Herbal medicines have been used by humans for over 5,000 years. Today, herbal (sometimes called botanical) dietary supplements are a $6 billion industry in the U.S. alone. In a study published in 2017, one-third of subjects reported taking herbal supplements “to preserve or recover health.” Often termed “natural,” herbal supplements are considered to be alternative or complementary medicine. If you have chronic kidney disease (CKD), however, there are good reasons to be cautious about taking herbal medicines.
Herbal supplements are made from plants, fungi or algae and are usually sold as extracts, teas, powders, tablets, or capsules. The fact that they are marketed as “natural” is appealing to people who want to shy away from drugs. Unlike prescription or over-the-counter drugs, herbal supplements are not regulated by the Food and Drug Administration (FDA), so their manufacturers can put in whatever ingredient they want. Whether or not you have kidney disease, it’s always smart to be cautious of anything you ingest. If you have CKD, some supplements may even cause kidney injury! For example, if you’ve had a kidney transplant, herbal medicines may interact with certain anti-rejection drugs. Others may have high amounts of potassium or phosphorus. Others may be detected as a poison by your body.
Kidney patients need to be extra cautious about supplements because there are very few studies examining herbal products in patients with CKD, and some of them result in conflicting research findings. Just because something is marketed as “natural” does not make it “safe.”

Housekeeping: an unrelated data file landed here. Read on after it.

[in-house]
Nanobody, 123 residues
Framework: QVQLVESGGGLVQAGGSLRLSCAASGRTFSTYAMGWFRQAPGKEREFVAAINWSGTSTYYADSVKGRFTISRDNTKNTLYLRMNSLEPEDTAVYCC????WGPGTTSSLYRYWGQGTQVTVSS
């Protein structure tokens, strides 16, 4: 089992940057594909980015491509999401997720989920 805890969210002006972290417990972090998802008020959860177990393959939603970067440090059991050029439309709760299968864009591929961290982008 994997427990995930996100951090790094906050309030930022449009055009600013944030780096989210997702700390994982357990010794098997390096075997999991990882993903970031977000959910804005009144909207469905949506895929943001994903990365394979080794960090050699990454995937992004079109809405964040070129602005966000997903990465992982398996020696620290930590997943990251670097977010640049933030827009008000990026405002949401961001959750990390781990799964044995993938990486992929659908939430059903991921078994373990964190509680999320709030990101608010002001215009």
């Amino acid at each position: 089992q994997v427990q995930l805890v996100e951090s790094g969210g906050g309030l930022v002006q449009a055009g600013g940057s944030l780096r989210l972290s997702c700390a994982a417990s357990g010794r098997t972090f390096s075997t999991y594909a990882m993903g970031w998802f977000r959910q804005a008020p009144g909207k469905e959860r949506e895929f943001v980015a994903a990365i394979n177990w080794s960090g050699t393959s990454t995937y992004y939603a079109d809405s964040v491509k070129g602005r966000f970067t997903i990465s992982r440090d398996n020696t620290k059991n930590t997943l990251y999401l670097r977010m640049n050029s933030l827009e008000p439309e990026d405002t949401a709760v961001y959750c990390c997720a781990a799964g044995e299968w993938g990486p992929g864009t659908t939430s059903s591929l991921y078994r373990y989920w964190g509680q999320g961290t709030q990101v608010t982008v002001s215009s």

The National Kidney Foundation and Academy of Nutrition and Dietetics websites list herbal supplements that are especially risky for patients with any stage of kidney disease, who are on dialysis, or who have had a kidney transplant.
Java Tea Leaf
Nettle, Stinging Nettle
Herbs which may have anticoagulant properties include ginger, gingko biloba, garlic, ginseng, and feverfew. Herbal supplements are NOT recommended for kidney patients. Unfortunately, it is common for patients to avoid telling their doctors about supplements they are taking. If you already have decreased kidney function, it’s best not to take even vitamin and mineral supplements above the Recommended Daily Allowance (RDA) OR herbal supplements. If you decide to take supplements on your own, make sure you discuss it with your doctor, dietitian and pharmacist first. Remember, there is no dietary supplement that can deliver a quick fix for a serious health problem.
This information is meant to be used as a resource and is not meant to replace medical advice. For more information, contact firstname.lastname@example.org.